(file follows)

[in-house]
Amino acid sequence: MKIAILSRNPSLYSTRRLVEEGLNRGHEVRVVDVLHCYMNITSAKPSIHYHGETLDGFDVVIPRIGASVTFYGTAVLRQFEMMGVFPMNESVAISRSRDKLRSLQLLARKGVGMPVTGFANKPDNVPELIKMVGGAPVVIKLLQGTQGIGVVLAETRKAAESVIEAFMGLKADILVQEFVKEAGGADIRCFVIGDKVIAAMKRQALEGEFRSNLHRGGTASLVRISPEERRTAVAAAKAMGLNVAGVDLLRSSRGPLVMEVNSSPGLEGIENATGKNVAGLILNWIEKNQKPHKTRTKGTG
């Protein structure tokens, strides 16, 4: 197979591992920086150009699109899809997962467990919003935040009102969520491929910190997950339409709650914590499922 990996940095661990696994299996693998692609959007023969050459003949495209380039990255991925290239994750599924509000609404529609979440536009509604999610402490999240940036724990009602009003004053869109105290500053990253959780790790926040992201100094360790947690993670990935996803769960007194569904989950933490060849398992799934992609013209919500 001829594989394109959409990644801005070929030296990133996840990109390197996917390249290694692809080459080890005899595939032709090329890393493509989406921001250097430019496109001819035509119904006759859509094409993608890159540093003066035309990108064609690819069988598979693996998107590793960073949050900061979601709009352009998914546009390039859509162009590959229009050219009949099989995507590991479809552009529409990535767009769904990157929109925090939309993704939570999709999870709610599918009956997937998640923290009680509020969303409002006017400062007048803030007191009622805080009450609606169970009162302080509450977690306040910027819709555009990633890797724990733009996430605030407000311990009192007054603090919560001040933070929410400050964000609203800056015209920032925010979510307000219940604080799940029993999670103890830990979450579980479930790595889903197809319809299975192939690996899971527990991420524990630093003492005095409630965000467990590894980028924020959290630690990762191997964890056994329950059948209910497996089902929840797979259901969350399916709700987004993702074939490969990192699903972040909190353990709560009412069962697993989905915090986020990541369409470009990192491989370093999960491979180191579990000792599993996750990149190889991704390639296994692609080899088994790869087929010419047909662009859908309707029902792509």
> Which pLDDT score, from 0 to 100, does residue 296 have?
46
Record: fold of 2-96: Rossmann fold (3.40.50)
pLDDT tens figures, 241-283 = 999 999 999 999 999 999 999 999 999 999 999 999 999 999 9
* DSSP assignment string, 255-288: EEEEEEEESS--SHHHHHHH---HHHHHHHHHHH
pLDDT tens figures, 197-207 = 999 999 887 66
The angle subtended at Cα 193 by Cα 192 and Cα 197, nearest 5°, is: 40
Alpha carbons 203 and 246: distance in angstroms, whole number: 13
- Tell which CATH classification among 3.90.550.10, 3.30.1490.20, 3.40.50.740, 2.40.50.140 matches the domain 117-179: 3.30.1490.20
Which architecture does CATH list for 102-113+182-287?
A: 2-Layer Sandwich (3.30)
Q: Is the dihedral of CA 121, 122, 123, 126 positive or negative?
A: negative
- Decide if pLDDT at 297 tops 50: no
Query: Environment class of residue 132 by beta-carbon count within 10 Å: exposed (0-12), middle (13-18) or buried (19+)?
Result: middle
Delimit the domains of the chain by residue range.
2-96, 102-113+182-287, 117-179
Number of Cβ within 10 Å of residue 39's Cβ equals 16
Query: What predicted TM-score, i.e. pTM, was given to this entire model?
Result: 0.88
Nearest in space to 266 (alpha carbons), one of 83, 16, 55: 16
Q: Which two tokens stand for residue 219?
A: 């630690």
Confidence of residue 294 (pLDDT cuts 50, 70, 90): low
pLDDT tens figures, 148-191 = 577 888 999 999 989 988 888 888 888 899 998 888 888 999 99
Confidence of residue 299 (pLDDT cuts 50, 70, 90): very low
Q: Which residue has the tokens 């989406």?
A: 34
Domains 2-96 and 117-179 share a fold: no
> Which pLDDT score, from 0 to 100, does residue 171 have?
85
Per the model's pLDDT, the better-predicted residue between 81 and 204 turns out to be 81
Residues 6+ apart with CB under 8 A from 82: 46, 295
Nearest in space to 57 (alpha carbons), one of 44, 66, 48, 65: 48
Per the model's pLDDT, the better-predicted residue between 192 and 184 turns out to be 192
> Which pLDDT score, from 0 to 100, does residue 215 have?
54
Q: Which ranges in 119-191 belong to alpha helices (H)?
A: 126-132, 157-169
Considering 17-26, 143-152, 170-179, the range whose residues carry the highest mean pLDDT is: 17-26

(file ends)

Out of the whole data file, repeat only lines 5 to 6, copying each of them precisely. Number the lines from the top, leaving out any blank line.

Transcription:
46
Record: fold of 2-96: Rossmann fold (3.40.50)